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Estate planning

How will your estate be divided up when you die? What does the law say about inheritance? What rights does your spouse have to your estate? Can you treat certain heirs preferentially? What are the tax implications of inheritance? Your BCV advisor can help you answer these and other important questions with some essential estate planning.

Ensure your wishes are respected

Who inherits what?

Before dividing up your estate, lawyers will consult your marital property agreement to determine what property belongs to you and what belongs to your spouse. If you don’t have a marriage property agreement, the default arrangement (joint ownership of property acquired after the marriage) will apply. Unless you specify otherwise – such as in a will – the Swiss Civil Code will be used to determine your legal heirs.

At BCV, we can help with your estate planning using a goal-based approach.

Write a will to ensure your wishes are respected

You may want to favor a particular heir, protect your spouse, registered partner or live-in partner, or divide up your property simply and equitably. To make sure your wishes are respected, you will need to prepare a will or an inheritance pact. These legal documents let you express your final wishes (within certain limits set forth by law). For added peace of mind, you can also appoint an executor for your will.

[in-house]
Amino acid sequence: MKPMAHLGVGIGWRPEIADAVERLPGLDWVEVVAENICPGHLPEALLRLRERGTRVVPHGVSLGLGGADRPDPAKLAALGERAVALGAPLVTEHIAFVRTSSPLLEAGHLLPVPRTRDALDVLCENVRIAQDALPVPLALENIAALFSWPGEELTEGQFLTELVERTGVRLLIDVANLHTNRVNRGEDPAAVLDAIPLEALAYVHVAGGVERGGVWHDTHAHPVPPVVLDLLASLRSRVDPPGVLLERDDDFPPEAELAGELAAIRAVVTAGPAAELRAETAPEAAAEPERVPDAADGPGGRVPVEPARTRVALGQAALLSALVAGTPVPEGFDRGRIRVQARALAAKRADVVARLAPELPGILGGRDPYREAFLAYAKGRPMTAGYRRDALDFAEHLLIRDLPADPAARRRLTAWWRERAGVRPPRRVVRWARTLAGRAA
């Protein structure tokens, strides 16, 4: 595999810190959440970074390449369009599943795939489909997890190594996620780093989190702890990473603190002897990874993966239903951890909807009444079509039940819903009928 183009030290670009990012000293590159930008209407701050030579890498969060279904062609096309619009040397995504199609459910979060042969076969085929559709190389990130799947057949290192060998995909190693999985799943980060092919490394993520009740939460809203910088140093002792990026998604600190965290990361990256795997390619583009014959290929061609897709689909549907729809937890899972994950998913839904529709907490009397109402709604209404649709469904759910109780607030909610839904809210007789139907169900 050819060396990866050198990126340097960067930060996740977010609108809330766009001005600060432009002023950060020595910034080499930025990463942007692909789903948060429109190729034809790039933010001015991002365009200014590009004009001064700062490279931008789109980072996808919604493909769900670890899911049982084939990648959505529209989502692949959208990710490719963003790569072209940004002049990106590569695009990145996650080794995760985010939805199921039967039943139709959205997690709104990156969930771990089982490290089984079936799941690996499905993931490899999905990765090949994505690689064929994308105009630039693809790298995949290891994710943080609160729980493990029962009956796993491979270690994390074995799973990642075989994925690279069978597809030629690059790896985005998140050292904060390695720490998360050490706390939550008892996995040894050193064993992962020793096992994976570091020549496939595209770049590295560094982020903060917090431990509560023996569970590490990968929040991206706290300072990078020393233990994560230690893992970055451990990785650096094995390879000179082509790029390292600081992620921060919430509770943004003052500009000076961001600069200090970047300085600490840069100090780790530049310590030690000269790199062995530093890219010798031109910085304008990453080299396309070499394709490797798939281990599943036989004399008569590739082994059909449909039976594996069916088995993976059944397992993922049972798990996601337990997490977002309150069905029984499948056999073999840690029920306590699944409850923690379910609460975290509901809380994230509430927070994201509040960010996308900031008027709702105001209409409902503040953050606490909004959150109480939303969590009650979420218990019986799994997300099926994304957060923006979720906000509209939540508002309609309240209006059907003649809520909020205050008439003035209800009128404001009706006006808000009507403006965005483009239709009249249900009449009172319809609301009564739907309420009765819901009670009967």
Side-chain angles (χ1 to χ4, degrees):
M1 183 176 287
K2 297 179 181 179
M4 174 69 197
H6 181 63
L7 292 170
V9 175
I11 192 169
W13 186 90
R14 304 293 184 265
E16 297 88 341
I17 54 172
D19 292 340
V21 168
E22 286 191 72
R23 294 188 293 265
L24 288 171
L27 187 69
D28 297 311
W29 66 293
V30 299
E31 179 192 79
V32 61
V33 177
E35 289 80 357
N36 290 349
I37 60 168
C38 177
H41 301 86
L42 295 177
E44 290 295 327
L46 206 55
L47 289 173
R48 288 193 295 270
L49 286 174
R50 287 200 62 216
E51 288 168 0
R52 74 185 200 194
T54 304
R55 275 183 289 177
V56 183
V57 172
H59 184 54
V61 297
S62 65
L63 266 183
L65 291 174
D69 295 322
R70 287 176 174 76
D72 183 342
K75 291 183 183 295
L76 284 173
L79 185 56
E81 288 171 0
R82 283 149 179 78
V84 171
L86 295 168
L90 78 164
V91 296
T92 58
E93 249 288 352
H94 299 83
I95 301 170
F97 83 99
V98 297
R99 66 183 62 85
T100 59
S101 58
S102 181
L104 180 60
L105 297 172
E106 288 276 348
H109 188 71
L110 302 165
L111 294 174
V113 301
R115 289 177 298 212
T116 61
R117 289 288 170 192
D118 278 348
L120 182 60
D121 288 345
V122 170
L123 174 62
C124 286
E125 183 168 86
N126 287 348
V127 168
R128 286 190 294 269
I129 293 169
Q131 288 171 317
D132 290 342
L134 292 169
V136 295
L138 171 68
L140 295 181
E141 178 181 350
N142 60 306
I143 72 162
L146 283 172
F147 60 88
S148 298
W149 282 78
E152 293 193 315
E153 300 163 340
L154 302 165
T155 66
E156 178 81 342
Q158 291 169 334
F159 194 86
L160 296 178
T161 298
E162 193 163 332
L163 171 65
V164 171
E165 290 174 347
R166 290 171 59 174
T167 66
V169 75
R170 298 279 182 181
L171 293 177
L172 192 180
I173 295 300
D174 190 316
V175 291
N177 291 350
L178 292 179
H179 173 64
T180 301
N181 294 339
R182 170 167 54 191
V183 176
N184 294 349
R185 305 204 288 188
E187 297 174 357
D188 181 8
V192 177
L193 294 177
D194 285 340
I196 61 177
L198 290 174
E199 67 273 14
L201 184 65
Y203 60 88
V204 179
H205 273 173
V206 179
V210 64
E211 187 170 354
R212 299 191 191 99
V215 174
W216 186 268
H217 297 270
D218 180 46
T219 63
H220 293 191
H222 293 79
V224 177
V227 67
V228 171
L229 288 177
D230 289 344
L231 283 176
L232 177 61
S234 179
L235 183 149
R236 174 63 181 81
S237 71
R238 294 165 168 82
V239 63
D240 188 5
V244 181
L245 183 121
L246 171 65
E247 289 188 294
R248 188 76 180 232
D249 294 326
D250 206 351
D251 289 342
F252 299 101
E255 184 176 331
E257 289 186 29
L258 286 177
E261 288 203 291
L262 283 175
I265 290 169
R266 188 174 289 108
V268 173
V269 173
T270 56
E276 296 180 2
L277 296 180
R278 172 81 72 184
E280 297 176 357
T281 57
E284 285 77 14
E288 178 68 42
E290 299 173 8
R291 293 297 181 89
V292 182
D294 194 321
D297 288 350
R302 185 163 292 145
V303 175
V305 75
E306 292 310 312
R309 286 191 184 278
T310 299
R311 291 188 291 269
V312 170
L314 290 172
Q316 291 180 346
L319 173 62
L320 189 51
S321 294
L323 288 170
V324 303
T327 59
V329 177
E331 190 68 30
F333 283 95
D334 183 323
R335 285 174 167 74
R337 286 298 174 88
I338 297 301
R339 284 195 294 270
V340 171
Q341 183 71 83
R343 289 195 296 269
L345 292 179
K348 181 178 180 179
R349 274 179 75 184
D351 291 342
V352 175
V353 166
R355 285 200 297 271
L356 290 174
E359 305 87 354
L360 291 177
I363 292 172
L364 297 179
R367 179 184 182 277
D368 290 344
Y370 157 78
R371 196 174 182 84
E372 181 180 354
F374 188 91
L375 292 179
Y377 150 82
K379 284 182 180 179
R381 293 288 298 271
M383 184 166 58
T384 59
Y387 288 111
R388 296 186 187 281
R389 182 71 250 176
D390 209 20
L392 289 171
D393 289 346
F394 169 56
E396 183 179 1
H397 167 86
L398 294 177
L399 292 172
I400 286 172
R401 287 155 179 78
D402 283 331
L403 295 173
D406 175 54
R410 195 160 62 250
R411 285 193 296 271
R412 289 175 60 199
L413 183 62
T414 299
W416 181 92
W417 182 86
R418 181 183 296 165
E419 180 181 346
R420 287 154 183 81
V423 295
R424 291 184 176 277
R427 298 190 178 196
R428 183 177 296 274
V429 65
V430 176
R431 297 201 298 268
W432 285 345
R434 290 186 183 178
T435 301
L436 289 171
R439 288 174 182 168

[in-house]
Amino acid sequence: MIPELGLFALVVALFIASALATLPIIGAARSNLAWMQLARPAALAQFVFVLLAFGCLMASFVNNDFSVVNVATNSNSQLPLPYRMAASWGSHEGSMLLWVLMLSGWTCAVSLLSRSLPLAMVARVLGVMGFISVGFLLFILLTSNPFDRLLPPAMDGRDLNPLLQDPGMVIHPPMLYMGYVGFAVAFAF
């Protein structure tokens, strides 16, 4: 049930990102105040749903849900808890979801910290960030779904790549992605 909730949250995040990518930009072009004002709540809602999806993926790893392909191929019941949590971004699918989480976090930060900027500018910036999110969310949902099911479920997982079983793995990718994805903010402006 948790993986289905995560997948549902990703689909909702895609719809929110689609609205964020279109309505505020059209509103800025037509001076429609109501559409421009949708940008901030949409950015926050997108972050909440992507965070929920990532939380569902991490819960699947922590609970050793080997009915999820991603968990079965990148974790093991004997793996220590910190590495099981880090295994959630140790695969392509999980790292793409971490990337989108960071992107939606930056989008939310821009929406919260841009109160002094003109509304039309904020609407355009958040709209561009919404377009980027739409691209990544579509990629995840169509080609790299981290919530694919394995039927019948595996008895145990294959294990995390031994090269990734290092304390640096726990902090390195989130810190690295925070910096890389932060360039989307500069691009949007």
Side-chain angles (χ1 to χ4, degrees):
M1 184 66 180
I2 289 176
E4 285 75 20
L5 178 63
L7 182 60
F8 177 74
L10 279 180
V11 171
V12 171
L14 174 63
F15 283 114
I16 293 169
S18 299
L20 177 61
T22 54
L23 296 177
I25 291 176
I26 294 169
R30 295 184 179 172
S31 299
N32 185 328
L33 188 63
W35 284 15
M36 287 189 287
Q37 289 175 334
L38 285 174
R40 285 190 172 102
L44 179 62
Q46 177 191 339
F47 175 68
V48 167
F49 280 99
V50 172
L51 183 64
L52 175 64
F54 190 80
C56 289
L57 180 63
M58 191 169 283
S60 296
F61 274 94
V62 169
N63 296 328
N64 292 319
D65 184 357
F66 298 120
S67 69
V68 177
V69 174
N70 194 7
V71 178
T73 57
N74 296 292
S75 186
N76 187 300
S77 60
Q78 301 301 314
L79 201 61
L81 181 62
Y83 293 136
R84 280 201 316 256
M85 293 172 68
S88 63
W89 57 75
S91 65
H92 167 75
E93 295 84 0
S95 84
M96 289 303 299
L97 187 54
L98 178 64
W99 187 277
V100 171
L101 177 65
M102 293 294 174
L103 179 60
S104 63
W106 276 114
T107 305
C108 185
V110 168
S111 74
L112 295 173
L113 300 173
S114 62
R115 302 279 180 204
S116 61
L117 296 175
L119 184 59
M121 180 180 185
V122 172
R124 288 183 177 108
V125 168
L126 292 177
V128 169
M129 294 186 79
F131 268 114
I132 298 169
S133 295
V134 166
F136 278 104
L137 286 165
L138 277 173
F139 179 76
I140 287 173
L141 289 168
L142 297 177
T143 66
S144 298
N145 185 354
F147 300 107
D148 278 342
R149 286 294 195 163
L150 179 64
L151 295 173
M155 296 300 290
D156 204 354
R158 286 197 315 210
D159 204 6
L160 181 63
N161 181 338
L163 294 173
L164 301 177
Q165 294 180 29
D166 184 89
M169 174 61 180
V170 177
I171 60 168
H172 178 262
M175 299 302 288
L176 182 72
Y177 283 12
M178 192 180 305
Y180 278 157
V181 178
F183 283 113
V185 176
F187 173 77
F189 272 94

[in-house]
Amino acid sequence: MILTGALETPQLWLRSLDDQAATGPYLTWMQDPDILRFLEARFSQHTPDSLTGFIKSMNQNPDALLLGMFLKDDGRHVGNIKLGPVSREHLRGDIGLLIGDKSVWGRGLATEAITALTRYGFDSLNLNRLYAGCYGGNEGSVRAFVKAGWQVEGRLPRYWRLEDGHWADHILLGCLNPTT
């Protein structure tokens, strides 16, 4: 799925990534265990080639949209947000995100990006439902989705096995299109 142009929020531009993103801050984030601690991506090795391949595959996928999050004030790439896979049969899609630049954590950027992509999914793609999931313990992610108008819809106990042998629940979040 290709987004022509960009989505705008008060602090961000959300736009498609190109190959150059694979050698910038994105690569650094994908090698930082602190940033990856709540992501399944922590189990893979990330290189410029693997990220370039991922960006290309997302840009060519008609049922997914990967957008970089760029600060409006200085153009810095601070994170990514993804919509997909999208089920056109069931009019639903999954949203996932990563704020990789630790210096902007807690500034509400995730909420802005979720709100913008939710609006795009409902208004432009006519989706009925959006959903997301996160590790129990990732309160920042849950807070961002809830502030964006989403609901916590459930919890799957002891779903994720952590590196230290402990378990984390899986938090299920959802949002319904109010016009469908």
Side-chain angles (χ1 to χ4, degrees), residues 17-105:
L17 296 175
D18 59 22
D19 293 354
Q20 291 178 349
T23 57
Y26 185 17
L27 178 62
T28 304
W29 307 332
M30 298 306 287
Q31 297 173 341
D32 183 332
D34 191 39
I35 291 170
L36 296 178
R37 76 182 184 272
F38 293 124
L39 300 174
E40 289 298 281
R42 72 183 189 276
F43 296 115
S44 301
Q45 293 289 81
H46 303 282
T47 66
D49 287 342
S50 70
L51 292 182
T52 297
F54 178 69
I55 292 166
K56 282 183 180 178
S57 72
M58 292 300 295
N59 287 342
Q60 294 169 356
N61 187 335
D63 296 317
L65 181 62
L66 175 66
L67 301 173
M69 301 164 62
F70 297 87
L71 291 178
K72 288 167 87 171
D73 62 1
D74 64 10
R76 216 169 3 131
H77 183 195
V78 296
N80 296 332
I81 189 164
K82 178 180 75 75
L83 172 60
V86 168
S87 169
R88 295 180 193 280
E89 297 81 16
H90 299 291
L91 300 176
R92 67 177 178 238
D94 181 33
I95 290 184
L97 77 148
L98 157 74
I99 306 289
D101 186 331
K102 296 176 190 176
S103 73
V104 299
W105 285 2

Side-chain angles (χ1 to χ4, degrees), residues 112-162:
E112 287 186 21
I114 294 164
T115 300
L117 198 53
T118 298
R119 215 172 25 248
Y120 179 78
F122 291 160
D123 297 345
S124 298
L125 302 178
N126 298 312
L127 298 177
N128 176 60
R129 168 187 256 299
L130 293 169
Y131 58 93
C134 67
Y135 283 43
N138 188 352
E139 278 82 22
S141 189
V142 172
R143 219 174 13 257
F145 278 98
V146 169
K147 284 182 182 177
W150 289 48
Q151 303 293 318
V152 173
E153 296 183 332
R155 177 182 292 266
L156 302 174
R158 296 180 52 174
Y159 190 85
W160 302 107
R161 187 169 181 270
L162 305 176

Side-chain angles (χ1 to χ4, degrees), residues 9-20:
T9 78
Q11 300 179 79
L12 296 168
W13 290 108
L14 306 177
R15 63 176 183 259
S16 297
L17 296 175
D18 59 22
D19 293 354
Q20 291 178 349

Inheritance pacts help avoid disagreements

Inheritance pacts have to be drawn up before a notary and signed by you and by all heirs mentioned in it – so all parties must generally be on good terms. You may want to use an inheritance pact to set out your wishes for dividing up your estate if you fear there will be disagreement among your heirs.

Giving a gift to a family member

For a gift of part of your estate to be recognized for tax and legal purposes, it must be given while you are still alive and accepted by the person receiving it, and nothing can be given in return. A gift can be made at any time. However, if the gift is excessive and done within five years of your death, the amount of the gift may be reduced if it’s contested by heirs whose inheritance is reduced as a consequence.

Gifts offer certain tax advantages depending on your relationship to the person, the amount of the gift, and the canton in which you reside when you make the gift. In all cantons, a gift given to your spouse or registered partner would be tax-exempt.

Retirement and insurance products

If you would like to leave something extra to someone special – such as your spouse, live-in partner, or children – you aren't limited to just changing your marital property agreement, drawing up a will, or giving a gift. Some insurance policies let you specify the beneficiary of your choice for when you die. Speak with your BCV advisor to learn about the right solution for you.

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